DCSIMG

Campaigners step up action to save threatened sports centre

Campaigners fighting to save a Leeds sports centre have stepped up their drive to keep it open.

South Leeds Sports Centre, which includes a swimming pool, is expected to close later this year unless a community operator is found to take over the running of the facility.

Leeds Council, which runs the centre, last year agreed plans to close the centre when the new Morley Leisure centre opens and concentrate leisure provision at the John Charles Centre for Sport and Morley.

The centre has already been saved from closure once following a campaign by people in the area who formed the action group Save our PooL And Sports Hall (Splash).

When it emerged that the centre was again facing an uncertain future, the campaign was re-launched last year and Splash became Splashback.

Campaigners met Leeds Central MP Hilary Benn and local councillors on Saturday on the steps of Leeds Civic Hall to hand over petitions and postcards signed by more than 2,000 people opposed to the plan.

The objections will be passed on to Leeds Council's executive member for leisure, councillor John Procter.

Splashback organiser Sally Cieslik said: "South Leeds is an area with a high percentage of health problems for residents of all ages. Leeds City Council should be encouraging the use of local sports facilities not taking them away. There is no other family-friendly pool for miles.

"The John Charles Centre is not easily accessible on public transport and is likely to be taken over by Olympic swimming teams from the middle of this year. The centre is used for many other activities too including some that keep young people healthy, engaged and off the streets.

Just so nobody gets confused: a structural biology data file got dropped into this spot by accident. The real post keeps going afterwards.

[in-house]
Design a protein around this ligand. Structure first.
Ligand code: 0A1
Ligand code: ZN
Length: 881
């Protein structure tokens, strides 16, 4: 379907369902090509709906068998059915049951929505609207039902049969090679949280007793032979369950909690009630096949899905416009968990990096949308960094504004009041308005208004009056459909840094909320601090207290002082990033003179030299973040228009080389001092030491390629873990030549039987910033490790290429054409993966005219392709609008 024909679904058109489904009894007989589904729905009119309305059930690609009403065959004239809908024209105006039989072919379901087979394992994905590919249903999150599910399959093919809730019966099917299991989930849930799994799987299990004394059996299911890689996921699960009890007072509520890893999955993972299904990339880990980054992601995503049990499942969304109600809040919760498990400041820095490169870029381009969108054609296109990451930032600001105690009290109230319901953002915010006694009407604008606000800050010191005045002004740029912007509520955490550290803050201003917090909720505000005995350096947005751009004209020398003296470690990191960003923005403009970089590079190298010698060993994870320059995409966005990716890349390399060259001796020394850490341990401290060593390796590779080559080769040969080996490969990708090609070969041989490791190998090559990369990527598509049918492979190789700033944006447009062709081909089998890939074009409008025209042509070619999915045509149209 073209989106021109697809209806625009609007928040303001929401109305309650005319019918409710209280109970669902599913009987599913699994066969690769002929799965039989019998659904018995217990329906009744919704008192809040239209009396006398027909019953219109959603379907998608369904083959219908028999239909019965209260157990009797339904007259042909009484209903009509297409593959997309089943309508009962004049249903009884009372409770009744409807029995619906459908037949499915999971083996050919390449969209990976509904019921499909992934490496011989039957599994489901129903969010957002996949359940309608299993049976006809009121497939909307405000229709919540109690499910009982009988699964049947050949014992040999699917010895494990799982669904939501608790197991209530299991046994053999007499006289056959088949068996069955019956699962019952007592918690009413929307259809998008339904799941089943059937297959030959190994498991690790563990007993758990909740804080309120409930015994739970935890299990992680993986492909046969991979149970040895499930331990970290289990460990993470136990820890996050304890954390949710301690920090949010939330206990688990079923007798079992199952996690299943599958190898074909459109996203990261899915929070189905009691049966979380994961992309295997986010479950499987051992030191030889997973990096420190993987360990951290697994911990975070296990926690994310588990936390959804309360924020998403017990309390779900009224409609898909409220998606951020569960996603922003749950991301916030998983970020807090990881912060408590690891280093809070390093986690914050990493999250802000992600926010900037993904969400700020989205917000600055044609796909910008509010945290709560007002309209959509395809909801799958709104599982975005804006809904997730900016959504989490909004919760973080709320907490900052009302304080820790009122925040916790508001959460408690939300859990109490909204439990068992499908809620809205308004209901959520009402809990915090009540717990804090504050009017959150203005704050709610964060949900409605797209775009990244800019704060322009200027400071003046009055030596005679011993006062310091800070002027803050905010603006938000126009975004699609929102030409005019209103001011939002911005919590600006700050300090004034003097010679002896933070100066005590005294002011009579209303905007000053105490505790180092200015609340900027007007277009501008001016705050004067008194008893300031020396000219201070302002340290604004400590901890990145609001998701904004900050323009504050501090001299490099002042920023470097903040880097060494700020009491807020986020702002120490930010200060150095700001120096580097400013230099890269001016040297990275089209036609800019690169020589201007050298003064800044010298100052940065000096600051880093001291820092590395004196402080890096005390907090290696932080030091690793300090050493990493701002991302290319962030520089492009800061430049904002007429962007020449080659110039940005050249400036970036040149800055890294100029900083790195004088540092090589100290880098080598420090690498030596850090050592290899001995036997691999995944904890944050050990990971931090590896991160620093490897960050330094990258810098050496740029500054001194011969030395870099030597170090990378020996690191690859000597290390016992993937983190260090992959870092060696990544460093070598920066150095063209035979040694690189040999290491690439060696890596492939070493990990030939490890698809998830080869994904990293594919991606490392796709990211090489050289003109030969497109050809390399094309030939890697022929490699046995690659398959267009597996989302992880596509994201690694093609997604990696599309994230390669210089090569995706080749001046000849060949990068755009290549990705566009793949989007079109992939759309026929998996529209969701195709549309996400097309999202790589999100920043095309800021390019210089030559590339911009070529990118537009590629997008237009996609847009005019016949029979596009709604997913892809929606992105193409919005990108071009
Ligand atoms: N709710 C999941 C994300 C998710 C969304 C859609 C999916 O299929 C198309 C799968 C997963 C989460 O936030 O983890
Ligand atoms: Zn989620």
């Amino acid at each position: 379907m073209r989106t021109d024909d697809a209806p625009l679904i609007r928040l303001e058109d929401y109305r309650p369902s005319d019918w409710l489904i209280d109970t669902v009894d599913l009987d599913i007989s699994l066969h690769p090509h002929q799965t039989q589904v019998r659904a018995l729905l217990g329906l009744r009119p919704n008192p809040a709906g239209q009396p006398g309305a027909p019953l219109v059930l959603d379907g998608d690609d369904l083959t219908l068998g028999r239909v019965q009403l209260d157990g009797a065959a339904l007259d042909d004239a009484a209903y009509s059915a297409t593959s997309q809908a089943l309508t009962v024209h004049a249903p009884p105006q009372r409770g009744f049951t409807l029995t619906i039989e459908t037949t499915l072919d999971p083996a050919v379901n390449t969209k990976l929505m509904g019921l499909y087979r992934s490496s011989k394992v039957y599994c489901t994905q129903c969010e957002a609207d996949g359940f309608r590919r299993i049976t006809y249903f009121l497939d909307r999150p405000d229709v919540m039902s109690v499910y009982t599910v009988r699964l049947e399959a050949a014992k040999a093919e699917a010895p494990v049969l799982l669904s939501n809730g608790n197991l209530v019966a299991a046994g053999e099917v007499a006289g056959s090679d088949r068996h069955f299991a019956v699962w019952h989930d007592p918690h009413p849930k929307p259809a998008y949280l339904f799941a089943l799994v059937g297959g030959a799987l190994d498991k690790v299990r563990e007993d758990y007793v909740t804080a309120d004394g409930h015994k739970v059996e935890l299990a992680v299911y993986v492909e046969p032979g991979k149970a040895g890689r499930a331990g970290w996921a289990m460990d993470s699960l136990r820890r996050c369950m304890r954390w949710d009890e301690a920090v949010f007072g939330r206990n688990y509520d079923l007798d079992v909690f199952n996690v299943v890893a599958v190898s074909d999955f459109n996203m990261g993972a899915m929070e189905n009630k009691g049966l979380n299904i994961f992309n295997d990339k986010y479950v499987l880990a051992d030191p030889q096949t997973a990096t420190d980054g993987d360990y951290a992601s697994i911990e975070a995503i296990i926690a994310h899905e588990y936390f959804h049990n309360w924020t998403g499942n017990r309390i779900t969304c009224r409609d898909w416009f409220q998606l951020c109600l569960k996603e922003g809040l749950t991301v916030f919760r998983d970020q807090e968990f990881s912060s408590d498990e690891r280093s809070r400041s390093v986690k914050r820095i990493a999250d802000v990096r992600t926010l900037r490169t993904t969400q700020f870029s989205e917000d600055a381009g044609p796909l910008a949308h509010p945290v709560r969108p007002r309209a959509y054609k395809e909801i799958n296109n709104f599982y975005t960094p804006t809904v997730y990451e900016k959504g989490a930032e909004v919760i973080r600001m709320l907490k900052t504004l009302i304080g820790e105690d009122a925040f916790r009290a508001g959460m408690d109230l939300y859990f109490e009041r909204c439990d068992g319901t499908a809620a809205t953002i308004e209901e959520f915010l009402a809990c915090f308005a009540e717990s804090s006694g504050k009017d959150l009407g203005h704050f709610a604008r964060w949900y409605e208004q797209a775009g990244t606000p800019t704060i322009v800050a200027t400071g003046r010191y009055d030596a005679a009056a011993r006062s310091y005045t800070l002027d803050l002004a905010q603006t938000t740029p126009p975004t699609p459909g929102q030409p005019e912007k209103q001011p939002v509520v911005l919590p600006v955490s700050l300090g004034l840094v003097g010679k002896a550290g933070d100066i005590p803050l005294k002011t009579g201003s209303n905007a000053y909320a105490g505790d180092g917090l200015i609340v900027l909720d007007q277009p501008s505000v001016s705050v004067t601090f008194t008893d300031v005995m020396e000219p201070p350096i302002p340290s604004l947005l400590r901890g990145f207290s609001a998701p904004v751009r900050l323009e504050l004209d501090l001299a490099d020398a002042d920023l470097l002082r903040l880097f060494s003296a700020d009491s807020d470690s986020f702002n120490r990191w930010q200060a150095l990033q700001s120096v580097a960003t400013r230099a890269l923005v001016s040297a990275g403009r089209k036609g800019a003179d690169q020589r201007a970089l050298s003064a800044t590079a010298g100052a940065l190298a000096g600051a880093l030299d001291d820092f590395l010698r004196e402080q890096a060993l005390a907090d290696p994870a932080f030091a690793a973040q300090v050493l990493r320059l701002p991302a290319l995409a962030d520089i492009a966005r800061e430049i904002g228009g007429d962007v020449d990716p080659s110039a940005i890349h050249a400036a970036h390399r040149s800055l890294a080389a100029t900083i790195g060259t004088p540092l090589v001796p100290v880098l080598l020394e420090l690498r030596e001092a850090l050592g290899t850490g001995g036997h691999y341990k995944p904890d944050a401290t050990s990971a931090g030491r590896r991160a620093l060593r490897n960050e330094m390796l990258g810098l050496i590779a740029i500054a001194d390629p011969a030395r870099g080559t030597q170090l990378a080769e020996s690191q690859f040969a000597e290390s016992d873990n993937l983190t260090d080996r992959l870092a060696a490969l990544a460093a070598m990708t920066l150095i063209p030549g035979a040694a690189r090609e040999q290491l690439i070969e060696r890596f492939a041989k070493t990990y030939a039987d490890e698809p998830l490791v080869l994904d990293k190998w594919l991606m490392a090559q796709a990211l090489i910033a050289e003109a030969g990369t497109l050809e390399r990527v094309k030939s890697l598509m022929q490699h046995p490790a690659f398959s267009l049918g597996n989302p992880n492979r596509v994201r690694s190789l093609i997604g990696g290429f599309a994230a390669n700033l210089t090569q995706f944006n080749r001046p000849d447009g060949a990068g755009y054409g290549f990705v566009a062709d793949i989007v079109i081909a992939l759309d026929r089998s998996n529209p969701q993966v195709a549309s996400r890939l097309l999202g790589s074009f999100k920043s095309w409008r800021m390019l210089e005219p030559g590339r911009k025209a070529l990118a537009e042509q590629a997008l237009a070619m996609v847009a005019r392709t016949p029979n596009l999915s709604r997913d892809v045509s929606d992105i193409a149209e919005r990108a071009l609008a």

"It looks ridiculous that the council should be closing a centre where there is so much deprivation and where people do not have cars. They cannot easily access other sports centres. You see mums pushing their children in pushchairs down there so they can give their children swimming lessons. That will all go."

Campaigner Phil Goodfield was one of the founders of the first protest group and is secretary of Beeston Broncos Junior Rugby League Team, which uses South Leeds Sports Centre's changing facilities when they play games.

The father of two said: "We will be absolutely devastated if the centre shuts because we will have nowhere to change, which means we will not be able to play our games on the sports fields next to the centre. We have to be able to prove that we can provide changing rooms and showers and this will be taken away if the centre shuts. The first time it was shut we had to play all our matches away which is not sustainable in the long term.

"The centre is in need of some investment but the council's position is that they have put money into other areas. Some areas are getting brand new sports centres and others are getting closed down.

"We would argue that every area of the city – especially Beeston if you look at the figures for poverty and deprivation – needs good sports facilities."

Councillor Adam Ogilvie (Beeston and Holbeck), Councillor Mohammed Iqbal (City and Hunslet) and Councillor David Congreve (Beeston and Holbeck) met with the campaigners on Saturday.

A spokeswoman for Leeds City Council said: "The executive board decision in August 2009 was clear that we would work towards securing a community operator for this site, and we are working closely with one particular party to develop their proposals further."

A new centre leisure centre in Morley is expected to open this summer and another new centre at Armley is scheduled to open in May.

 
 
 

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